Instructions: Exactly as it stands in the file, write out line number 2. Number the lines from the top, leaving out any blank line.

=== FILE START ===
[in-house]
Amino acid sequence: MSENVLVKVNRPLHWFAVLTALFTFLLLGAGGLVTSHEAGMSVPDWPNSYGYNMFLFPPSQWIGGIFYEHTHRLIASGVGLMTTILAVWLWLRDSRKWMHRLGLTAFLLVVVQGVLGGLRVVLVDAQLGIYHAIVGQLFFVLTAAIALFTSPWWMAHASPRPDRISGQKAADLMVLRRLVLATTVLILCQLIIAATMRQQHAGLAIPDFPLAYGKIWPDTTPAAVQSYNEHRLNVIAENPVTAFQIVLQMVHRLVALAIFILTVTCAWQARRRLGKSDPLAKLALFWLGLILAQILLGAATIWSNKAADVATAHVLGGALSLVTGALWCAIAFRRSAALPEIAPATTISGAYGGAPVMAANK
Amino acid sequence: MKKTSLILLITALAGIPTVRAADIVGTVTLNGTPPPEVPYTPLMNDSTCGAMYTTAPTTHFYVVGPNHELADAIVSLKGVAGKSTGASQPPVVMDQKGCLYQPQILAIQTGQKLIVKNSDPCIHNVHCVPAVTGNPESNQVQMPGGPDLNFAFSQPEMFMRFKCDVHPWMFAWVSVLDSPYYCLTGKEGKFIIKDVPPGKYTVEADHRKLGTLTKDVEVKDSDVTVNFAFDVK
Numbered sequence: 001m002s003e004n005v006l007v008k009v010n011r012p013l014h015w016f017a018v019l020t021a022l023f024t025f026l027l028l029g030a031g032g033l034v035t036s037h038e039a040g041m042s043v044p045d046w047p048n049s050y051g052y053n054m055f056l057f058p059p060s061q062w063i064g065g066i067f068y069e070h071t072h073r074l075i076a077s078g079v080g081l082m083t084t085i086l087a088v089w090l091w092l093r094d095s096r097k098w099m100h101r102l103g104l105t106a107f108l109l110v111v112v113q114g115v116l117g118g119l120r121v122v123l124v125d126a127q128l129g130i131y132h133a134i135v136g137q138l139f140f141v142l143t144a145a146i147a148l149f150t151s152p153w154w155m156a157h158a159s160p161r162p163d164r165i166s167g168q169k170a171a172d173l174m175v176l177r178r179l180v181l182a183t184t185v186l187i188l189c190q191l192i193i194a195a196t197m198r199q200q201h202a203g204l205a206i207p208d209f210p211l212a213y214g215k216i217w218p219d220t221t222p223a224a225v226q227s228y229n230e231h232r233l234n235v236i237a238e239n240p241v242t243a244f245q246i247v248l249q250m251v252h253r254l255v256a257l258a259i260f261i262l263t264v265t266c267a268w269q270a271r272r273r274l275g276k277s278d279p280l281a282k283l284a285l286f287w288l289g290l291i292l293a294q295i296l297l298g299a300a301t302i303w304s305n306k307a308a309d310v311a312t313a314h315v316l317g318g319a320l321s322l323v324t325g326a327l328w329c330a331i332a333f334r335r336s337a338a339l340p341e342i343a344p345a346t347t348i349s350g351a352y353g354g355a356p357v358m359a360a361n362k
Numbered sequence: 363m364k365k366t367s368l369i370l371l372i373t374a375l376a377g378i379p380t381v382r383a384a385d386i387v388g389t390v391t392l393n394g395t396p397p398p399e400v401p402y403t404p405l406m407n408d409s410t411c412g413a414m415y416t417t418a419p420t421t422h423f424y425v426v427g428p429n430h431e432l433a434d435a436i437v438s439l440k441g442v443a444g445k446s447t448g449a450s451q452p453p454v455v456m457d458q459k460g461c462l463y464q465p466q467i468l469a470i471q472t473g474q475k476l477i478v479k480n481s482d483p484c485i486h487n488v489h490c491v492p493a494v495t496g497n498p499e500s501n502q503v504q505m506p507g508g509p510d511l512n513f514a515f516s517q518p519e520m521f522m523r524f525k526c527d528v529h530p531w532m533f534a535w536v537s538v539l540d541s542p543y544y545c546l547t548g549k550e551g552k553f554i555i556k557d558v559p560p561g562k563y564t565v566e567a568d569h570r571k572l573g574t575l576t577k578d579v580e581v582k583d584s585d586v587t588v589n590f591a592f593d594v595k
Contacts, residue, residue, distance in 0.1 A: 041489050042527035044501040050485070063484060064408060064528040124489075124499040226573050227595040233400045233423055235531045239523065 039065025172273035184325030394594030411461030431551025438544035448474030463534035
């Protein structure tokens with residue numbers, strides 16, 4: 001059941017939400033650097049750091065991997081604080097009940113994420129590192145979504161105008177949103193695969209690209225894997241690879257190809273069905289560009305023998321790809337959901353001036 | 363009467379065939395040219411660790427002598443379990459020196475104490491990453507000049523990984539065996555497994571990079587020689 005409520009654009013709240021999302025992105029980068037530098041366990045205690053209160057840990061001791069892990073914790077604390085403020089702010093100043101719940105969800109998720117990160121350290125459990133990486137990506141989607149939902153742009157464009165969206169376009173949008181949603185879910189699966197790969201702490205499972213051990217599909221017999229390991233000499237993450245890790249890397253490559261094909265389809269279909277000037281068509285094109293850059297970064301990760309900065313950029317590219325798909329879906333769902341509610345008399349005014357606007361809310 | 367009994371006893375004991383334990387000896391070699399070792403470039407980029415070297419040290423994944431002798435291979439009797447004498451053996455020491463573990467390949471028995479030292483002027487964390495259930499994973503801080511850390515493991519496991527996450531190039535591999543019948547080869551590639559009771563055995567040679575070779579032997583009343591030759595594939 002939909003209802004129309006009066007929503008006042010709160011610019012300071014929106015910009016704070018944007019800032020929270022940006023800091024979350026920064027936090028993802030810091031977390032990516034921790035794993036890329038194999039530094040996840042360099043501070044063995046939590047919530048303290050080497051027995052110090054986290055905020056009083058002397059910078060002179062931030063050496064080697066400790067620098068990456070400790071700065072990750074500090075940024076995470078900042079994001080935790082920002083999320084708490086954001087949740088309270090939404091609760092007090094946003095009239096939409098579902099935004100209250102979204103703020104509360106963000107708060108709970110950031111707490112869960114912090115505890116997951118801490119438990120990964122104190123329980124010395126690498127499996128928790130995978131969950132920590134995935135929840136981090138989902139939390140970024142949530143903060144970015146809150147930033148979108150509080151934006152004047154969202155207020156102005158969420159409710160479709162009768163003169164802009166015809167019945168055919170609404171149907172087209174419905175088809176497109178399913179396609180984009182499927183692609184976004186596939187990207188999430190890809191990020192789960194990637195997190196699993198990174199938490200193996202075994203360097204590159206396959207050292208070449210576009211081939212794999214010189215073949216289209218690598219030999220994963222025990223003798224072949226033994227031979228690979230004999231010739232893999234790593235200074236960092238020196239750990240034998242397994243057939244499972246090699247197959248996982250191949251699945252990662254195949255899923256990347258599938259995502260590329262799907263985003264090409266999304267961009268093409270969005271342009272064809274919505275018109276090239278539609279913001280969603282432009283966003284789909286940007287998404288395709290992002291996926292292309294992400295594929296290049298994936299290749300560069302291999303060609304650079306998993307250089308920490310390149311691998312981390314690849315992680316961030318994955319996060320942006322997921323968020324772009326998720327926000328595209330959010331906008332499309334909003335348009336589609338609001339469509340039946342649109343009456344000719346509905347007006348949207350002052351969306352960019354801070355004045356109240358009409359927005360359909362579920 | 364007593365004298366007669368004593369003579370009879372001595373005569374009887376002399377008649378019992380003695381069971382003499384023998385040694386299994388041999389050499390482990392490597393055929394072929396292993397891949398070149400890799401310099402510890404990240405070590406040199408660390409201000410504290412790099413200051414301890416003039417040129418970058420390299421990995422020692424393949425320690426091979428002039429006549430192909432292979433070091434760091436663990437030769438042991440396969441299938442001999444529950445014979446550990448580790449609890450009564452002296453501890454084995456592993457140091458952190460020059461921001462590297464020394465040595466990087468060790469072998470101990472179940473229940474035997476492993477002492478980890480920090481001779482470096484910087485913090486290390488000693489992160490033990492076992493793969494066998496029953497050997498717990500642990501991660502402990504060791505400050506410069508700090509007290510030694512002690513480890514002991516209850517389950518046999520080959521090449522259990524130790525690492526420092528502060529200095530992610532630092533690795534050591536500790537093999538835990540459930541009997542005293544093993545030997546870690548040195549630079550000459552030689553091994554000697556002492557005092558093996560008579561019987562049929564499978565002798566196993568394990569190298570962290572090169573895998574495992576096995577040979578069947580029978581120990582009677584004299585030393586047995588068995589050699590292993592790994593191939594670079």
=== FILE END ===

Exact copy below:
Amino acid sequence: MSENVLVKVNRPLHWFAVLTALFTFLLLGAGGLVTSHEAGMSVPDWPNSYGYNMFLFPPSQWIGGIFYEHTHRLIASGVGLMTTILAVWLWLRDSRKWMHRLGLTAFLLVVVQGVLGGLRVVLVDAQLGIYHAIVGQLFFVLTAAIALFTSPWWMAHASPRPDRISGQKAADLMVLRRLVLATTVLILCQLIIAATMRQQHAGLAIPDFPLAYGKIWPDTTPAAVQSYNEHRLNVIAENPVTAFQIVLQMVHRLVALAIFILTVTCAWQARRRLGKSDPLAKLALFWLGLILAQILLGAATIWSNKAADVATAHVLGGALSLVTGALWCAIAFRRSAALPEIAPATTISGAYGGAPVMAANK